I am taking bets on how quickly SCOTUS grants cert to decide this circuit split.

Today’s post concerns a perennially hot topic: class actions.  In particular, do courts decide whether an arbitration agreement allows for class actions?  Or do arbitrators?  (Because, it turns out, there are actually some corporations who have not inserted class action waivers in their consumer contracts.)  To date, four circuit courts have held that class arbitrability is an issue that is presumably for courts (not arbitrators) to decide, even if the parties incorporate rules that generally delegate issues of arbitrability to an arbitrator (3rd, 4th, 6th, 8th).  In recent weeks, the Tenth Circuit and Eleventh Circuit disagreed.  Because the Second Circuit had also previously disagreed, there is now a 4-3 split among the circuits over whether the incorporation of AAA (or similar) rules is sufficient to authorize an arbitrator to decide whether arbitration can proceed on a class-wide basis.

In Spirit Airlines v. Maizes, 2018 WL 3866335 (11th Cir. Aug. 15, 2018), members of Spirit Airlines’ “$9 Fare Club” started a class arbitration with the AAA.  Spirit then brought an action to federal court, seeking a declaration that the arbitration clause did not authorize class arbitration.  (You may recall that the outcome of the Stolt-Nielsen and Sutter cases is that there can be no class arbitration unless the parties agreed to that process in their arbitration clause, but the language does not have to be explicit.)  The district court found that the arbitrator should determine the issue of whether a class action could proceed in arbitration.

On appeal, the Eleventh Circuit found that no special rules apply to class arbitration.  It assumed that class arbitration is a gateway issue of arbitrability, such that the court has presumptive authority to decide it.  Here, the Spirit agreement called for the AAA rules, which the court found included the Supplementary Rules for Class Arbitration, and those supplementary rules empower an arbitrator to decide whether claimants may proceed as a class action.  The court found that incorporation of AAA rules was clear and unmistakable evidence that the parties intended the arbitrator to decide the availability of a class action in arbitration.  It relied on earlier precedent finding that AAA rules are sufficient to delegate jurisdictional issues to arbitrators, and disagreed that SCOTUS rulings provide for any different outcome in the case of class arbitration.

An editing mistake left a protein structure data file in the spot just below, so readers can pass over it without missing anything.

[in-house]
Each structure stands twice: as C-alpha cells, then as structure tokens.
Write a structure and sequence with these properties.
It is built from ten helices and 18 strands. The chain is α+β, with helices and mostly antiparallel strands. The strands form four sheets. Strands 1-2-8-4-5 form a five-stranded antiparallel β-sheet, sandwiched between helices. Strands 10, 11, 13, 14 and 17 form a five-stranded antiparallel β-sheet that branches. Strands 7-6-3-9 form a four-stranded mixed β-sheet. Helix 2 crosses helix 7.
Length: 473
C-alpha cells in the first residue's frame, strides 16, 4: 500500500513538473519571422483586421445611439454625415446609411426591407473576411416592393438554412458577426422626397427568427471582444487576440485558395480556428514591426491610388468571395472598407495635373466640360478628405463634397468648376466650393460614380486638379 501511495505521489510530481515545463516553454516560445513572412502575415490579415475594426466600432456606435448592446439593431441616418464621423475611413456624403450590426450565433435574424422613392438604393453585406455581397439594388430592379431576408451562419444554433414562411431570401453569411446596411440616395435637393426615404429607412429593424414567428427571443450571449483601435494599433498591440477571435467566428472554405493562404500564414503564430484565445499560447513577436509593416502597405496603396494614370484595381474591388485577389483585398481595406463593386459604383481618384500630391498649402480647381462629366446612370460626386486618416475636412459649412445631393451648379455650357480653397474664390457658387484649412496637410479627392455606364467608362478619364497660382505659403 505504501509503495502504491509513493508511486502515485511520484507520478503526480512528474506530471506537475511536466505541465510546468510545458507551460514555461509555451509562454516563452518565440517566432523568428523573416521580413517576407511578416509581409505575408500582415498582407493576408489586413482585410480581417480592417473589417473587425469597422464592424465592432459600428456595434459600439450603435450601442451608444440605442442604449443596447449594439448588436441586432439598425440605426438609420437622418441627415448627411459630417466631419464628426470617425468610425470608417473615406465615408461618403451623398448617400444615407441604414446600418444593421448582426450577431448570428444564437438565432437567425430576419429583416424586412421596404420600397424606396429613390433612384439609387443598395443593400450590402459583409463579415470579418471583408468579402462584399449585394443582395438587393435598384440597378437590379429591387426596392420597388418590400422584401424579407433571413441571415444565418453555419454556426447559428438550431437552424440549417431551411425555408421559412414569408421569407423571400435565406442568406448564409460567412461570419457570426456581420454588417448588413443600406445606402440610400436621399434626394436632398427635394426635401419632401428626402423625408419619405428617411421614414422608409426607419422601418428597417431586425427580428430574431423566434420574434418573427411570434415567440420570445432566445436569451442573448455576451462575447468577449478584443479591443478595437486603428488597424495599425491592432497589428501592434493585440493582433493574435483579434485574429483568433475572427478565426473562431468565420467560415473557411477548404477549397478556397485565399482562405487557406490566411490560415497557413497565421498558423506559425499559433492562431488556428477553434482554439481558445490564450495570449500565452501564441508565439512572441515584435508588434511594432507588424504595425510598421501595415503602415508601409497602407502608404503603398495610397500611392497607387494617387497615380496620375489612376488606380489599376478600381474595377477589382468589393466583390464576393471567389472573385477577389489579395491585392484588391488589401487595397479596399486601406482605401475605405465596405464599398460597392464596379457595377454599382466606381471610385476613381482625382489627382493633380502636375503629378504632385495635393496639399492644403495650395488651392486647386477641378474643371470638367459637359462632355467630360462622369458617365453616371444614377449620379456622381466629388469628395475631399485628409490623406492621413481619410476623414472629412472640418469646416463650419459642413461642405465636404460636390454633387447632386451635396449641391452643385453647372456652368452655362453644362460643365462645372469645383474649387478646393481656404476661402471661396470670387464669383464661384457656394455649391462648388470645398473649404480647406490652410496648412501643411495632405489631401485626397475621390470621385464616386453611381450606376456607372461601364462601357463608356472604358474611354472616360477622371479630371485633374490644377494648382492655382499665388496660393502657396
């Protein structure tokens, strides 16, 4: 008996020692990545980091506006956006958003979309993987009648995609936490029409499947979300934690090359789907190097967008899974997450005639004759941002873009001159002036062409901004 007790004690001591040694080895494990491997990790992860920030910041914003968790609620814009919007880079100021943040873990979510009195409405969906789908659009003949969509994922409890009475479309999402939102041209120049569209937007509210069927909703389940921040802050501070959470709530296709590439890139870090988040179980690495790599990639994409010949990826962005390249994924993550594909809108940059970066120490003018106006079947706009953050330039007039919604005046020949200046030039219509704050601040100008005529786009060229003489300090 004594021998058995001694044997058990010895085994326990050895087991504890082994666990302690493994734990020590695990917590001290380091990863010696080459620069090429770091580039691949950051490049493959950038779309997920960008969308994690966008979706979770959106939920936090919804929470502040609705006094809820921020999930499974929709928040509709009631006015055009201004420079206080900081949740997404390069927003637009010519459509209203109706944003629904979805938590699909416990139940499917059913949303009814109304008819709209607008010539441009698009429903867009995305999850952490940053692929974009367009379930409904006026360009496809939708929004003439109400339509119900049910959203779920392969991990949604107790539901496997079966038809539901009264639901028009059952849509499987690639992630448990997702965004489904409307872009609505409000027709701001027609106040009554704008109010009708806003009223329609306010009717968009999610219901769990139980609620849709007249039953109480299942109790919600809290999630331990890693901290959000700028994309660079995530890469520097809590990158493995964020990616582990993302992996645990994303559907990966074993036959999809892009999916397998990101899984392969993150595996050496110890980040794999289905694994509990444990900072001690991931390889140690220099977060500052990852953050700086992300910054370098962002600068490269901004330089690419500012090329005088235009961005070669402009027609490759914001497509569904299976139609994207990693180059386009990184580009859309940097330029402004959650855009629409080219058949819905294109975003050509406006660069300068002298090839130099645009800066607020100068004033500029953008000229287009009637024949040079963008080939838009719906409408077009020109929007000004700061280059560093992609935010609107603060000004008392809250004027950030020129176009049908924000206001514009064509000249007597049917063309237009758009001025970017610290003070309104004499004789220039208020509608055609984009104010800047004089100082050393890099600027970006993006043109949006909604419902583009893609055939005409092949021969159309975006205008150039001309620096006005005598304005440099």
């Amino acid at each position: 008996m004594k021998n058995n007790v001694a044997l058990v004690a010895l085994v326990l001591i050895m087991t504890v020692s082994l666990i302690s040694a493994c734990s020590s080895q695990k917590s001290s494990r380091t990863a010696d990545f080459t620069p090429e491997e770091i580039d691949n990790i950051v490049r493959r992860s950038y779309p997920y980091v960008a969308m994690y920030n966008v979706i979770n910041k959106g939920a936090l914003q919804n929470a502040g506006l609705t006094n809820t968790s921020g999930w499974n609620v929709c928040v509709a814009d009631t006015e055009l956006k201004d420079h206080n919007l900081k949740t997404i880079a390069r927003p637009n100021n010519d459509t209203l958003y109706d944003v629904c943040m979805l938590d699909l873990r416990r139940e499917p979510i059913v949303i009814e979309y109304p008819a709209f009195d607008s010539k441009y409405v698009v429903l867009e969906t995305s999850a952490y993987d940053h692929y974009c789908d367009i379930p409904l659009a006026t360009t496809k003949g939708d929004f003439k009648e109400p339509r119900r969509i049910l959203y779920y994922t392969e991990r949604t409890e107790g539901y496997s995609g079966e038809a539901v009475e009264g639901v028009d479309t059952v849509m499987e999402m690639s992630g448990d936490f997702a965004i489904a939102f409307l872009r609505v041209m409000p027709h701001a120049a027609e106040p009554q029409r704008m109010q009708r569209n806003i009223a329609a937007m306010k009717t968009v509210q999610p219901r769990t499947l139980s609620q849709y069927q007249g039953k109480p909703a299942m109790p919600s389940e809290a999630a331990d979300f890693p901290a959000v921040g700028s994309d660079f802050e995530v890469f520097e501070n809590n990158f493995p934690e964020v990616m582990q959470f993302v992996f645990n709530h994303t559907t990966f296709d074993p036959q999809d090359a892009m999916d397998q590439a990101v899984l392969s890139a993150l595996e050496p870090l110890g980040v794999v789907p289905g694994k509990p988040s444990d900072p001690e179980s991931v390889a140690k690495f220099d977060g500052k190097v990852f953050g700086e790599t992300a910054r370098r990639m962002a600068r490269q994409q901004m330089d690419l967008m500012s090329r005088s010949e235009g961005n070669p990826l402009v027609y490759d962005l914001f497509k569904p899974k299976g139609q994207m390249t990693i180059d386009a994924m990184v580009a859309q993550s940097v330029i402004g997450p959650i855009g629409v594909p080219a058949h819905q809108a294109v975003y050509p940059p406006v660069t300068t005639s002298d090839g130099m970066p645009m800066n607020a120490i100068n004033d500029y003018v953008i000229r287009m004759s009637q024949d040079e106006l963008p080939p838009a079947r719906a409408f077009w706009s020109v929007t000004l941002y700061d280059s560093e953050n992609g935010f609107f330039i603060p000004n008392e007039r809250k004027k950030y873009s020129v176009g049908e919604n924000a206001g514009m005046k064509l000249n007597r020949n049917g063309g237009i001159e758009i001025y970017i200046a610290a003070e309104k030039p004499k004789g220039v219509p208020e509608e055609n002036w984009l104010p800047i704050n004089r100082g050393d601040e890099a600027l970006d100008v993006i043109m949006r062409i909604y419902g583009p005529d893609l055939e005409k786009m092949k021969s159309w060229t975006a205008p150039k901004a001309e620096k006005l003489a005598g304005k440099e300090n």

In Dish Network v. Ray, 2018 WL 3978537 (10th Cir. Aug. 21, 2018), a former employee of Dish Network started a class and collective arbitration with the AAA.  The appointed arbitrator issued a Clause Construction Award, finding that he had authority to decide the issue and that the arbitration agreement permitted a collective action.  The arbitrator’s award included ten pages of analysis interpreting the text of the arbitration agreement to shed light on whether they agreed to allow class/collective actions in arbitration.  The district court denied Dish’s motion to vacate the Clause Construction Award, and the Tenth Circuit affirmed that decision.